Robert Kerr

Co. Fermanagh

Family Background

Corporal Kerr was the son of James and Matilda Kerr. He was born in September 1896 in a small village in County Fermanagh called Tempo. His father was a farmer and the family grew up in a farmhouse just outside of the village in the townland of Lettan.  Since the time of the Kerrs, the farmhouse at Lettan has been sold and renovated.

Family Life

Robert had five brothers: Henry, James, William John, Thomas and Edwin and two sisters: Alice and Annie. There was a total of 10 in the family.  Henry, Robert's older brother served in the  Enniskillen Horse 91550 and in the Tempo troop of the Ulster Volunteer Force. He also served in the 12th (Reserve) Inniskillings.  His younger brother, William was a Lieutenant Corporal in the 9th Battalion. He was killed in action at Ypres on 7th June 1917, aged 18. When each of the soldiers were given a bronze tin at Christmas 1914, William wrote to Copeland Trimble of the Impartial Reporter in April 1917, saying:

"I received the box of cigarettes alright which you sent me. They are always very welcome, as you know. I wish to thank you and all the subscribers to the fund for them. This leaves me quite well. Wishing you and your paper all the best of luck."

Robert's grandfather, also William John Kerr, enlisted in the Inniskillings on 30th December 1888 (Private 2790), therefore being in the Inniskillings was somewhat of a family tradition for the Kerrs.

Robert attended Tempo National School

His family were regular attenders of Tempo Church of Ireland

Adult life

As Robert was only 19 when he joined the army, he had very little adult life. He was yet to marry and have children.

Military Experience

Robert joined the 11th Inniskillings , 36th Ulster Division in Enniskillen in  July 1915. The division left Northern Ireland for England, spending three months training in Sussex before departing for France in the first week of October 1915. Robert was killed in action on the 1st July 1916 aged 20 during the Battle of Albert. He was hit by a shell while he was advancing with his mortar. The 1st July 1916 was a tragic day for the British army with 20,000 other British soldiers being killed. Robert is buried in Mill Road Cemetery, Thiepval. It has been passed down the family that when the telegram boy came to the Kerr household to share the bad news, Matilda, Robert's mother only said, "Which one is it?"  Matilda never recovered from the loss of her two sons and died aged 59.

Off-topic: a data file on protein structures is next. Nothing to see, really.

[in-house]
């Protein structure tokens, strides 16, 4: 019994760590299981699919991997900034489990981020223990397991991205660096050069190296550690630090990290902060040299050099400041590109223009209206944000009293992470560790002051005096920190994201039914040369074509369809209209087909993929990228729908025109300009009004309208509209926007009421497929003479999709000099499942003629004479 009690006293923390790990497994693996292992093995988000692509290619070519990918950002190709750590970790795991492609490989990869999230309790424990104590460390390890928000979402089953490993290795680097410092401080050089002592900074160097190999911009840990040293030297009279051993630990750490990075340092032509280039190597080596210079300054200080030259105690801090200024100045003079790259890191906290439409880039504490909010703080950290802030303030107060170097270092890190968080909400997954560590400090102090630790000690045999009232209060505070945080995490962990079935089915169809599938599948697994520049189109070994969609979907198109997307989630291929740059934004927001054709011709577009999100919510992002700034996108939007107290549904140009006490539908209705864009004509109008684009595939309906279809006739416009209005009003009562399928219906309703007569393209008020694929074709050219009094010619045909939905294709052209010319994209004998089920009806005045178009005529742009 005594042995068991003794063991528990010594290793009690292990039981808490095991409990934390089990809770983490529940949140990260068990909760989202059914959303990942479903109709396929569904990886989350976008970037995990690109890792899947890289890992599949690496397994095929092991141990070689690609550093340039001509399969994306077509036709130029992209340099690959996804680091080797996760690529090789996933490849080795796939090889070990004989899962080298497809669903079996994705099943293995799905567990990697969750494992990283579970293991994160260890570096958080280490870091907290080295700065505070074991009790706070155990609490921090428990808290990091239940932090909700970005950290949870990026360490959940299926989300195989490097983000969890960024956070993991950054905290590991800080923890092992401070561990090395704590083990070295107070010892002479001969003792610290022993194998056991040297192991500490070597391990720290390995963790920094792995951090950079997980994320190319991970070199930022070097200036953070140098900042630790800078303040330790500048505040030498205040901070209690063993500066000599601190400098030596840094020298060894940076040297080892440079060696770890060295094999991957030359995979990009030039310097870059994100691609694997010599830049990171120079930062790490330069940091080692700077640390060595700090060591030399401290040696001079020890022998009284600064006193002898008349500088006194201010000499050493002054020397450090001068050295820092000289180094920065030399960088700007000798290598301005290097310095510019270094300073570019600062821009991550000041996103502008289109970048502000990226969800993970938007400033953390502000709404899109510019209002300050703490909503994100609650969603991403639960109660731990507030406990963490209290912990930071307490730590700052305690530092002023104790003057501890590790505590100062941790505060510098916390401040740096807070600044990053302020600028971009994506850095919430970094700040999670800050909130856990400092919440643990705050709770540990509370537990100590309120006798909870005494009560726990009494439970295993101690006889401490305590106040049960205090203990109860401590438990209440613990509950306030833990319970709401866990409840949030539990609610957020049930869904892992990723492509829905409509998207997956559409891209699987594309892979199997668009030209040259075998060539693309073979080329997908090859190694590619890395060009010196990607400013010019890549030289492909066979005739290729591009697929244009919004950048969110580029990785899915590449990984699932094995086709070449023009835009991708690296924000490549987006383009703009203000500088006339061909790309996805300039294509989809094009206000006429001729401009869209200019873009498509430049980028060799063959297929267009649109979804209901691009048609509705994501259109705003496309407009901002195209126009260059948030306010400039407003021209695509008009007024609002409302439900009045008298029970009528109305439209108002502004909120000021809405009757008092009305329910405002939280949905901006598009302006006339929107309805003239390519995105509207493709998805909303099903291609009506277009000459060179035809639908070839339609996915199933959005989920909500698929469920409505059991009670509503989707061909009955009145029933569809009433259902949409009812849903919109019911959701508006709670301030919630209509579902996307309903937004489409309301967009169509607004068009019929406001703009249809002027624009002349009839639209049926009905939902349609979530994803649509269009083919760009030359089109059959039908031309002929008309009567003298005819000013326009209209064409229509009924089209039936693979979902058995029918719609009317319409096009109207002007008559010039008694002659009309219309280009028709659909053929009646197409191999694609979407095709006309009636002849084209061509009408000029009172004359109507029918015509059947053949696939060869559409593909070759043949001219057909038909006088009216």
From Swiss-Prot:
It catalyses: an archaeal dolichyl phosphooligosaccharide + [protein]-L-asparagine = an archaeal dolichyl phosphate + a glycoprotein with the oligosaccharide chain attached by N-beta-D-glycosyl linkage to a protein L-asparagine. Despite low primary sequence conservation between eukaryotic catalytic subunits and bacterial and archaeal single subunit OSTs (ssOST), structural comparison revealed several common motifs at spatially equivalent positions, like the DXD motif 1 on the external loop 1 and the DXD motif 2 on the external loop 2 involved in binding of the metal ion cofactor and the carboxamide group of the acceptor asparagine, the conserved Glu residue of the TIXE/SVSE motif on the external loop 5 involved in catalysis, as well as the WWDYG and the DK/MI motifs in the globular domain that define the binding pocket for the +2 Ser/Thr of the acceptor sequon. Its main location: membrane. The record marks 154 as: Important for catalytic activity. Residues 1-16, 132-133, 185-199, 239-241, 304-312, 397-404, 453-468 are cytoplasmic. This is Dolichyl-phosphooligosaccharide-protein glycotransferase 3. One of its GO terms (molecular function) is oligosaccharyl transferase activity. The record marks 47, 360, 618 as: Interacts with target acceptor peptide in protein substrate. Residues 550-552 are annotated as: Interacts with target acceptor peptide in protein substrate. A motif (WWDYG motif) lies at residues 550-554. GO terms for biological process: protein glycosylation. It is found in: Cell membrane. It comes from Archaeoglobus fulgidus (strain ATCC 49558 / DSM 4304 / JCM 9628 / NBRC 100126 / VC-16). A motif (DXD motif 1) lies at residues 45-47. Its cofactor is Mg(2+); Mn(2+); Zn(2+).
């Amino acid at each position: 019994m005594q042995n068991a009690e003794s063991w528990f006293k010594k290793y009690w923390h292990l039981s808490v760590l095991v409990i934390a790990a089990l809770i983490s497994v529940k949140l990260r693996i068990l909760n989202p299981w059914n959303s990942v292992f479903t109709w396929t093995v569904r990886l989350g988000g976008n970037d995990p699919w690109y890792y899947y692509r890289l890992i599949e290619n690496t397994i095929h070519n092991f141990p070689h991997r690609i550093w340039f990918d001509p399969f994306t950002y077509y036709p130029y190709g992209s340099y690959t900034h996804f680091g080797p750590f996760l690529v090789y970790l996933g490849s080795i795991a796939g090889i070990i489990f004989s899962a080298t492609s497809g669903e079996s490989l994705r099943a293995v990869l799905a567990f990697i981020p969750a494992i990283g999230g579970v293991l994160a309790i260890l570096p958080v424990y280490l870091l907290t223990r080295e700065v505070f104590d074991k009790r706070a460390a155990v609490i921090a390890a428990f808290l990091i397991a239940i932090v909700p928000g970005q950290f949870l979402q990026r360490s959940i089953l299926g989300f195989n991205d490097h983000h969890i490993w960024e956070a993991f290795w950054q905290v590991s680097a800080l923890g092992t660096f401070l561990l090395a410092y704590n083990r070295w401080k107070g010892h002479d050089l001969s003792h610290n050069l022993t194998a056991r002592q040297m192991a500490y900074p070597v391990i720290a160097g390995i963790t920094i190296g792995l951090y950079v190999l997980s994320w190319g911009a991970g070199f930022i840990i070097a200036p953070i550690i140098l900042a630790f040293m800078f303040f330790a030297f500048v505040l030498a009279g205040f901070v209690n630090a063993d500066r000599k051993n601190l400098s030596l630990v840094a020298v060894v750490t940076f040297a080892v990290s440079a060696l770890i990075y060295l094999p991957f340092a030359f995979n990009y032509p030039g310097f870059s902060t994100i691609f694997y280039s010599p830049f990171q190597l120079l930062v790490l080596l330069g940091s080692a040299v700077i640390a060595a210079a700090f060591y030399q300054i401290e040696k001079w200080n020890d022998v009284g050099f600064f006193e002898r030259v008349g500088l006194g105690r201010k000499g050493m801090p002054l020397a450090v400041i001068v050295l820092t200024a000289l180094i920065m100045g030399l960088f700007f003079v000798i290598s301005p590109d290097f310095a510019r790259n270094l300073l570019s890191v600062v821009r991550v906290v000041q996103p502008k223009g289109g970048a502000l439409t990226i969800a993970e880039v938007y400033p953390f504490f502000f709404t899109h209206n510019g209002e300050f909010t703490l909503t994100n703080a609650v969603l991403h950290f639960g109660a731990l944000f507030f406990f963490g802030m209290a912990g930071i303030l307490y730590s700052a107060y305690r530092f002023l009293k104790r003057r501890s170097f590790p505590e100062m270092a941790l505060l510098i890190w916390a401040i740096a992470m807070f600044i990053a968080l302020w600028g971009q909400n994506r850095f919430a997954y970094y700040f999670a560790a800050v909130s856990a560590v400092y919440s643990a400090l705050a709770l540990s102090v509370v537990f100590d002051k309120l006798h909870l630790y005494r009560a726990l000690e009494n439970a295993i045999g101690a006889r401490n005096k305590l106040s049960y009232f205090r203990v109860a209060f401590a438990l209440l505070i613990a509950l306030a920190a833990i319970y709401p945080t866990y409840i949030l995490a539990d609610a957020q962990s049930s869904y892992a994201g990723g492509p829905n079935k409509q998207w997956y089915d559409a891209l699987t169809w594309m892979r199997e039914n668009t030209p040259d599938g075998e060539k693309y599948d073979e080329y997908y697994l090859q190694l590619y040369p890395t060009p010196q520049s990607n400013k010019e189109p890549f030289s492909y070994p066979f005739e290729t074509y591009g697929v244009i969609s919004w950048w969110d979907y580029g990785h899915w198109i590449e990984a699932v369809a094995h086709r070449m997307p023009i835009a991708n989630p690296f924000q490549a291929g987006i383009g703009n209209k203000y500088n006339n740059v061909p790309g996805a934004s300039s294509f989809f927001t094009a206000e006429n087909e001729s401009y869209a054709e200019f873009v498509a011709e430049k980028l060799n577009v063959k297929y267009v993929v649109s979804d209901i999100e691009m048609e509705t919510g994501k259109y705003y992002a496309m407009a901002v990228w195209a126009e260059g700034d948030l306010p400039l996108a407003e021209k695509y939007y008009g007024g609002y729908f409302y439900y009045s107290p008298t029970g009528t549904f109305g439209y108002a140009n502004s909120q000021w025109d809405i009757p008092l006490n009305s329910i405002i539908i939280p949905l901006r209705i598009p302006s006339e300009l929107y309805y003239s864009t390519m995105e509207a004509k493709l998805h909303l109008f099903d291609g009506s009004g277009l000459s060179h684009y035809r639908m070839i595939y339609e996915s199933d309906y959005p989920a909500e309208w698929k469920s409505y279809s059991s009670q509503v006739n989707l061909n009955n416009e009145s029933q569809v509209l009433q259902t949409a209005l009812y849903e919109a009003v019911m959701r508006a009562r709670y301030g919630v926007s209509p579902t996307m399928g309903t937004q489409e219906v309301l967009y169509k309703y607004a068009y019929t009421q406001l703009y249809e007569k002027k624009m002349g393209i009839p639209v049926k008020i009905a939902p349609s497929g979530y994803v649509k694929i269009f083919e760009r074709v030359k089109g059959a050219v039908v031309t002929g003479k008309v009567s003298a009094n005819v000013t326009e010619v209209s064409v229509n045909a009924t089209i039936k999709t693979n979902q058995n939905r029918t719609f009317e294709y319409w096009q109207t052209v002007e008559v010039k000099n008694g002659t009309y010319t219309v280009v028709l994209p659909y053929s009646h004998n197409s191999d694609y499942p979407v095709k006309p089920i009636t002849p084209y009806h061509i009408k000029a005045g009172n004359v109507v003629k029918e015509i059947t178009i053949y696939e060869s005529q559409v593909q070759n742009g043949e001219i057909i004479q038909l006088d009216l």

Robert’s platoon commander, 2nd Lt. C.D. Waddell wrote to the Rev. J. Wilson in Tempo, saying:

“He was a fine non-commissioned officer and his death was very much regretted. He was one of many heroes who died that day carrying out their duty bravely and faithfully”.

Records of CPl Kerr

Robert is remembered in the Fermanagh War Memorial Book of Honour

Robert's death penny

Robert's bronze tin he received at Christmas 1914

Robert is commemorated in Tempo Parish Church along with his brother William. 

Robert won the 1914-1915 Star, the British War Medal and the Victory Medal

Robert's name in the Grave Registration Documents

Meeting Corporal Kerr's late nephew's wife 

Robert's parents' grave in Tempo Church of Ireland 

My Story

My name is Alison Glass and I am a Year 14 student at the Collegiate Grammar School, Enniskillen. When my History teacher first mentioned the My Adopted Soldier project, I knew it was exactly the programme for me. I loved the thought of bringing history into the modern era as well as meeting new friends from across the island of Ireland.

A number of girls in my class expressed interest and we each wrote a short essay on why we thought we should be chosen for the project and what talents we could bring to make it a huge success. 

When my teacher came to me a few months later and said my application was successful, I was delighted to be representing County Fermanagh. The project thus far has been an excellent experience and I cannot wait to travel to France when the other participants!

Corporal Robert Kerr is the soldier I was given to research. I began by searching his name on the internet until I had exhausted all possible websites. Through this I was able to find the Kerr family on the 1911 Census as well as Grave Registration Documents.